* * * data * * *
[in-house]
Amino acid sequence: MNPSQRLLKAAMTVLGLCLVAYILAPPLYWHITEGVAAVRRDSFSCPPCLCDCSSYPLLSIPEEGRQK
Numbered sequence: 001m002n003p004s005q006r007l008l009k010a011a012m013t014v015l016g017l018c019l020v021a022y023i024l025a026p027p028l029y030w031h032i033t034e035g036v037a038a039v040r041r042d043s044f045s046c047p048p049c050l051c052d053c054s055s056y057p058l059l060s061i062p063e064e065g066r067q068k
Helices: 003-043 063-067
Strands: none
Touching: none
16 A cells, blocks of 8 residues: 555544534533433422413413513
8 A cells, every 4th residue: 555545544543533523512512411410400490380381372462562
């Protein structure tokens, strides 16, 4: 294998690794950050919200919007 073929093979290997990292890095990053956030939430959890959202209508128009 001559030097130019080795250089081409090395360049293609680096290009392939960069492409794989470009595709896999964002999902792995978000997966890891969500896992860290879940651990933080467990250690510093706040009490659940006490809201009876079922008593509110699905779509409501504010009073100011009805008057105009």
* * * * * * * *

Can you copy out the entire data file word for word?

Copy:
[in-house]
Amino acid sequence: MNPSQRLLKAAMTVLGLCLVAYILAPPLYWHITEGVAAVRRDSFSCPPCLCDCSSYPLLSIPEEGRQK
Numbered sequence: 001m002n003p004s005q006r007l008l009k010a011a012m013t014v015l016g017l018c019l020v021a022y023i024l025a026p027p028l029y030w031h032i033t034e035g036v037a038a039v040r041r042d043s044f045s046c047p048p049c050l051c052d053c054s055s056y057p058l059l060s061i062p063e064e065g066r067q068k
Helices: 003-043 063-067
Strands: none
Touching: none
16 A cells, blocks of 8 residues: 555544534533433422413413513
8 A cells, every 4th residue: 555545544543533523512512411410400490380381372462562
């Protein structure tokens, strides 16, 4: 294998690794950050919200919007 073929093979290997990292890095990053956030939430959890959202209508128009 001559030097130019080795250089081409090395360049293609680096290009392939960069492409794989470009595709896999964002999902792995978000997966890891969500896992860290879940651990933080467990250690510093706040009490659940006490809201009876079922008593509110699905779509409501504010009073100011009805008057105009």